• Second deal adds to HotelInvest

Accor has made its second major portfolio purchase for its HotelInvest property division, buying in eleven hotels across Switzerland. A EUR180m deal puts Accor back in control of seven Ibis properties, three Novotels and one MGallery across Switzerland.

The deal is the second in quick succession made by HotelInvest, following the EUR722m acquisition of 86 European hotels from investor Moor Park. This first transaction transferred ownership of 67 hotels in Germany and 19 in Holland. It underlines a commitment from Accor chief executive Sebastien Basin to deploy capital in line with the group’s new strategy of holding its own properties in mature markets.

During June, the group has also tapped the capital markets twice, further adding to its financial firepower. Both transactions were oversubscribed, suggesting broad approval for Accor’s acquisition strategy, and confidence in the company’s long term creditworthiness. A EUR1.8bn line of credit was syndicated with 18 banks, with a five year facility replacing a EUR1.5bn agreement due to expire in May 2016. Strong demand from lenders meant the final figure was increased from an initial EUR1.6bn sought.

Additionally, EUR900m was raised in a placing of hybrid bonds, which pay the holders interest of 4.125% until 2020. “The issue strengthens Accor’s flexibility in deploying its strategy,” remarked the company, which saw investors scrambling for an issue that was five times oversubscribed. The bonds have no maturity date, but can be called any time from 2020, while the interest rate paid can be reset after that time. 

The Swiss hotels were subject to variable rent leases signed in 2008, when they were sold to AXA Real Estate Investment Managers as part of a larger portfolio including a number of French properties. Since then, AXA has invested in the properties to refurbish and upgrade them, and views the sale as a worthwhile deal. “We acquired this portfolio at an advantageous point int he market cycle, and then implemented development and refurbishment plans which would both increase the operational performance of the assets,” said AXA Real Estate’s Pierre Vaquier. “We have now crystallised that value for our clients through a disposal at a time when we can also benefit from the strength of the Swiss franc.”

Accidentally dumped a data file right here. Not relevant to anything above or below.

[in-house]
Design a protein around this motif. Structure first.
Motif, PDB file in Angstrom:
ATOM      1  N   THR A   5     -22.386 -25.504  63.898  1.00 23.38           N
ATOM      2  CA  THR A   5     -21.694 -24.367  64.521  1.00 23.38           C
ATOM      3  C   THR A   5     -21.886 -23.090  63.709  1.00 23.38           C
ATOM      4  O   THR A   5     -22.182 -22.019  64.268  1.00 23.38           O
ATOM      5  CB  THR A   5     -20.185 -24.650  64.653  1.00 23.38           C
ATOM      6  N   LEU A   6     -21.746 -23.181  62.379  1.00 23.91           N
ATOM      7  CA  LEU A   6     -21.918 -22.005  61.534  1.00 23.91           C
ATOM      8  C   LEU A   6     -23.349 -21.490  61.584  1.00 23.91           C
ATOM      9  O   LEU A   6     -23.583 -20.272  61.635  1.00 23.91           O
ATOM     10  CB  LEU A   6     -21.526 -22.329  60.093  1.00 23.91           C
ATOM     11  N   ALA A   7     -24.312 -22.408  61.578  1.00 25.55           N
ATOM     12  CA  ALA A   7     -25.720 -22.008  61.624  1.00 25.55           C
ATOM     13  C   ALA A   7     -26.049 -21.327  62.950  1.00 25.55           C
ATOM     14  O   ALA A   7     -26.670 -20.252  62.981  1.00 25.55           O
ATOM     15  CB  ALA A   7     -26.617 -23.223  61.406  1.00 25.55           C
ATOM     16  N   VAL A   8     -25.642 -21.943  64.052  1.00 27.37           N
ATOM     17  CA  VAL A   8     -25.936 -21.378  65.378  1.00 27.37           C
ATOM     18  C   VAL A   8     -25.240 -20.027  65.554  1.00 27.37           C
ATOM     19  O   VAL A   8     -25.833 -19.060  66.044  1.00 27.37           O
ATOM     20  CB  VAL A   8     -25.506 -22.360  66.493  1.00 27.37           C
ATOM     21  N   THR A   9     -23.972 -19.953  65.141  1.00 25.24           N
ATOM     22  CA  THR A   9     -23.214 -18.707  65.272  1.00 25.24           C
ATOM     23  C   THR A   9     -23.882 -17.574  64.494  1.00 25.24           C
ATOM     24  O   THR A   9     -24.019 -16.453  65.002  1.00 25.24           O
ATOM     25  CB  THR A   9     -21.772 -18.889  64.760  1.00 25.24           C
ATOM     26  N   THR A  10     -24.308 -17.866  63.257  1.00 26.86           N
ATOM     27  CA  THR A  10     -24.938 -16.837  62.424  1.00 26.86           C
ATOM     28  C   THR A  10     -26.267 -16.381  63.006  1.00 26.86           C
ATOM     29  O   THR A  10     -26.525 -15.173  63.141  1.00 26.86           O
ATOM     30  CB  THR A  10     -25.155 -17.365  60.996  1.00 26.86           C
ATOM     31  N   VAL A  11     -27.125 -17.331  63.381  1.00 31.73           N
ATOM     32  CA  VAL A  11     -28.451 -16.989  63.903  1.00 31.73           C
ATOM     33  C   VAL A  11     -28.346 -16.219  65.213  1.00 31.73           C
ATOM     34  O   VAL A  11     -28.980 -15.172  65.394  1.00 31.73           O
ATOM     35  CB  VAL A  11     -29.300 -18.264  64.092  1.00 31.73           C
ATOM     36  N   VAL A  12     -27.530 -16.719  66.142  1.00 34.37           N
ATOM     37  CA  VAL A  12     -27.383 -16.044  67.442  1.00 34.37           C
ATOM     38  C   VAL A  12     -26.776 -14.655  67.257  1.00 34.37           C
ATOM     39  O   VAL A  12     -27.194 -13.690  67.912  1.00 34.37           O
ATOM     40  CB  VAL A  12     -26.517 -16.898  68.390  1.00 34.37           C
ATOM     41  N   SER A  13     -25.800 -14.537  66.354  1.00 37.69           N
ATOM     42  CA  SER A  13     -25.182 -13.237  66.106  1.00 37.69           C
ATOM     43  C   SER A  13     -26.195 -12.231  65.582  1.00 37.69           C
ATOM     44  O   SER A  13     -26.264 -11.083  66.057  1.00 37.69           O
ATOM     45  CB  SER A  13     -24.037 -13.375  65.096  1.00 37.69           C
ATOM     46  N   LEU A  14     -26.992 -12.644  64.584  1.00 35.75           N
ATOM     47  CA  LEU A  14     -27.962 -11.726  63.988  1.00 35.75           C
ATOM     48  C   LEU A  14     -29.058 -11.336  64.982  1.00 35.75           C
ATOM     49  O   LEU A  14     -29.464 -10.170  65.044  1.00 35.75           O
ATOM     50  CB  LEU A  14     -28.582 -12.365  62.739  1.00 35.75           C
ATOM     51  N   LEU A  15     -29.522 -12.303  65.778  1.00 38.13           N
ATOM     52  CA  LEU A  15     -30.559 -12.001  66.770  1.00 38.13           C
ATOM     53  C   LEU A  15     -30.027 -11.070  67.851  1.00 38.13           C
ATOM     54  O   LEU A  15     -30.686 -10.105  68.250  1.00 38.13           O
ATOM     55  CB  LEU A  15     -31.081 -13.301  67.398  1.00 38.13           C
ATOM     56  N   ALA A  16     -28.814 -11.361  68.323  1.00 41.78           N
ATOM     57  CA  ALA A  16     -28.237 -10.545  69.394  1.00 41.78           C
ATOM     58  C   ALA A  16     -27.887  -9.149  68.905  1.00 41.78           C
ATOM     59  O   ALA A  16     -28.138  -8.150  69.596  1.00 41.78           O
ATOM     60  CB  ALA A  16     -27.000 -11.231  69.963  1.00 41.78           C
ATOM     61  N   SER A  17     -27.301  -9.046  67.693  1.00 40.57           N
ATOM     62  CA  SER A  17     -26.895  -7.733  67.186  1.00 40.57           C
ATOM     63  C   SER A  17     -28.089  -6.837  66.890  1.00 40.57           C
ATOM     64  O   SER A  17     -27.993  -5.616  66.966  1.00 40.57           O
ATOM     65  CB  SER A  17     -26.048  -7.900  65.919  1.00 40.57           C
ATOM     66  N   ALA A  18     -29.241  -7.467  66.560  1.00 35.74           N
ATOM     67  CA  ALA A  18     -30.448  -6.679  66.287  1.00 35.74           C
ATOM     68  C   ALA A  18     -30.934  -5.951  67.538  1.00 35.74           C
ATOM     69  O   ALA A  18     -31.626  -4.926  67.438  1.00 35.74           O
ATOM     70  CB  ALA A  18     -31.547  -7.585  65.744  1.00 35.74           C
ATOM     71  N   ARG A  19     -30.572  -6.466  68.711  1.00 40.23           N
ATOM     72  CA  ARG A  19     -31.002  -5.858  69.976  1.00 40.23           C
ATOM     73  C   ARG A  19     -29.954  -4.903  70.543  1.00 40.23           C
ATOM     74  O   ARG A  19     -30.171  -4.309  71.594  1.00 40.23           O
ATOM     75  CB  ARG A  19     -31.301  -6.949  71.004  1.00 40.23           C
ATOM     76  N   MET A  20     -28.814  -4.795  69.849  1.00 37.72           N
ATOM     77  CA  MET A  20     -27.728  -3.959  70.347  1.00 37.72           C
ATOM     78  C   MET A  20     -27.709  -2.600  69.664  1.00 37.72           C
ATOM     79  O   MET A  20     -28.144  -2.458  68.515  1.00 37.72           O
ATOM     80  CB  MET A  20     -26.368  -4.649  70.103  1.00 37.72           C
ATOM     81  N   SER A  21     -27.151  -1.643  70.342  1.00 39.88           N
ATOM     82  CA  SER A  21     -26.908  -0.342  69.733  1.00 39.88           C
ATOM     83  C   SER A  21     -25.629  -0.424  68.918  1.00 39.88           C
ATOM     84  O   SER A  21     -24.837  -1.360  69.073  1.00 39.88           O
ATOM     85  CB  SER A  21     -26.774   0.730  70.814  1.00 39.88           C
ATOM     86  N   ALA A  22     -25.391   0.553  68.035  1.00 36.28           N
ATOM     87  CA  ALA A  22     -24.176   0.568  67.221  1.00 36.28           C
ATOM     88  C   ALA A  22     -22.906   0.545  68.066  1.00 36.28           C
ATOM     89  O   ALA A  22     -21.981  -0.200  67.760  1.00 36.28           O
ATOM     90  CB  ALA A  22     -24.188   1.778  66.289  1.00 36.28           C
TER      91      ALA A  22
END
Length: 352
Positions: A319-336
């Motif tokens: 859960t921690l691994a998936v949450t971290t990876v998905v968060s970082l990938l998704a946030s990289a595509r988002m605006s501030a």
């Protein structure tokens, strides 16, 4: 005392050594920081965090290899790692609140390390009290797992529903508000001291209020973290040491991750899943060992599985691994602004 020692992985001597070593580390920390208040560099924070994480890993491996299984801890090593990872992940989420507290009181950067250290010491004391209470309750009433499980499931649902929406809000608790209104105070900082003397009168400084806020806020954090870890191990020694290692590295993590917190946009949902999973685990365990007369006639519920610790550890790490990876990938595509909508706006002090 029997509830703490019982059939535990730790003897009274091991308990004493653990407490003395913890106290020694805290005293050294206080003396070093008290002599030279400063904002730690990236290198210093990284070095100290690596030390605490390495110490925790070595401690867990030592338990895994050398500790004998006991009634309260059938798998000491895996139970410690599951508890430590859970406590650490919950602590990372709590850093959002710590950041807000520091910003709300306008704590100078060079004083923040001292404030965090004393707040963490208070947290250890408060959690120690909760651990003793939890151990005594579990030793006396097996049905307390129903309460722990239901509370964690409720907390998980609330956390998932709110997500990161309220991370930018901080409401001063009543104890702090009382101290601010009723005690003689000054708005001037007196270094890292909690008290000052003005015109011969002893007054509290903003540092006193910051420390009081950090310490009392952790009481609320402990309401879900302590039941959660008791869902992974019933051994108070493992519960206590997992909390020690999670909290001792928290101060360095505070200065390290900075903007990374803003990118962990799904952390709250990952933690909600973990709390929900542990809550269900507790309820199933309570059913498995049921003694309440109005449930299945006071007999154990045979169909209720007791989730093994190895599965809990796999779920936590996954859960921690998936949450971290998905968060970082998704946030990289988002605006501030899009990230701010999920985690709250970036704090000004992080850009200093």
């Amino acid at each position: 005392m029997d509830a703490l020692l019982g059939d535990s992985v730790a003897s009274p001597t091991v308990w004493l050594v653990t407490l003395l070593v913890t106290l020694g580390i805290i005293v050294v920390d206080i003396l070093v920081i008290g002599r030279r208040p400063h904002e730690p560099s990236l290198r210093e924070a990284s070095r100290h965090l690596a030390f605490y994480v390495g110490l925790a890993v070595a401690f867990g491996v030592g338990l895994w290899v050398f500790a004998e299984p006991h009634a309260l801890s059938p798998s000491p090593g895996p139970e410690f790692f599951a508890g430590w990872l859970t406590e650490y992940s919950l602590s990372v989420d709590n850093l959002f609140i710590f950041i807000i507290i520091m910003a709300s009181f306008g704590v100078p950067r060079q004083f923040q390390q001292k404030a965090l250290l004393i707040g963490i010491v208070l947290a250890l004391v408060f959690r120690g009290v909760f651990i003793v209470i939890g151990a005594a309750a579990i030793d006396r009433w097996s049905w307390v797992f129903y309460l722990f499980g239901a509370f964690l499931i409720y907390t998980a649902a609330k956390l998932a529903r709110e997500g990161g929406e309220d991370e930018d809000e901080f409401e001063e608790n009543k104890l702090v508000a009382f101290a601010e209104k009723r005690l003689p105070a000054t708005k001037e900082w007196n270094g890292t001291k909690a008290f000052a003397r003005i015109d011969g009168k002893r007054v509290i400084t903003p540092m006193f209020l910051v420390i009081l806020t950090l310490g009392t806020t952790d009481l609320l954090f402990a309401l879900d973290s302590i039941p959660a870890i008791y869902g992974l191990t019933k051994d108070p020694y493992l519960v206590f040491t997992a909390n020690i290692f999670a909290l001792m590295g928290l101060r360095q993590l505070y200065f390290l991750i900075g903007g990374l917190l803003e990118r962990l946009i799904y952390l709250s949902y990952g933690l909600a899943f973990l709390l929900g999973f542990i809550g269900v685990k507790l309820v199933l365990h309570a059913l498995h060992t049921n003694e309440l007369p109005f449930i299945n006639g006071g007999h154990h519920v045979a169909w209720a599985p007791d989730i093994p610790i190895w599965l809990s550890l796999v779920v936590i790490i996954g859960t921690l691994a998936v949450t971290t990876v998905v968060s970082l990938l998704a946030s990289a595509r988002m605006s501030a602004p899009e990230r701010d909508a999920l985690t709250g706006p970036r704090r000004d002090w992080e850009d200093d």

The 2008 deal saw Accor sell 10 Swiss hotels and 47 French hotels to a consortium including Caisse des Depots et Consignations and two AXA funds, for EUR518m. The deal included a EUR52m commitment by the buyers to renovations and EUR30m to extend two of the properties. The hotels were on 12 year leases with rents based on an average 16% of revenue, with no minimum guaranteed.

 

HA Perspective [by Chris Bown]: Sebastien Bazin says he had EUR1.2bn remaining after these first two deals, and “of course” he will be looking to do more. That figure was quoted before Accor tapped the markets for a further EUR900m, and added to its credit line.

But Bazin also said there is no pressure to do deals, and they must stack up under current financial conditions. And so it is interesting that AXA is only selling back a part of the portfolio that it bought for EUR518m in 2008. With the benefit of an advantageous currency swing, selling the Swiss hotels made sense for AXA: with no currency play, the other 47 Accor branded hotels across France remain, for now, in the hands of landlords.

Prior to the establishment of HotelInvest, much was made of the need for Accor to get out of onerous fixed leases in its portfolio, and it appeared HotelInvest would be the vehicle to help achieve that. Now, it seems that variable rent agreements – even those which had no minimum rent guarantee – are in the firing line, so long as Accor can continue to access cheap funds.

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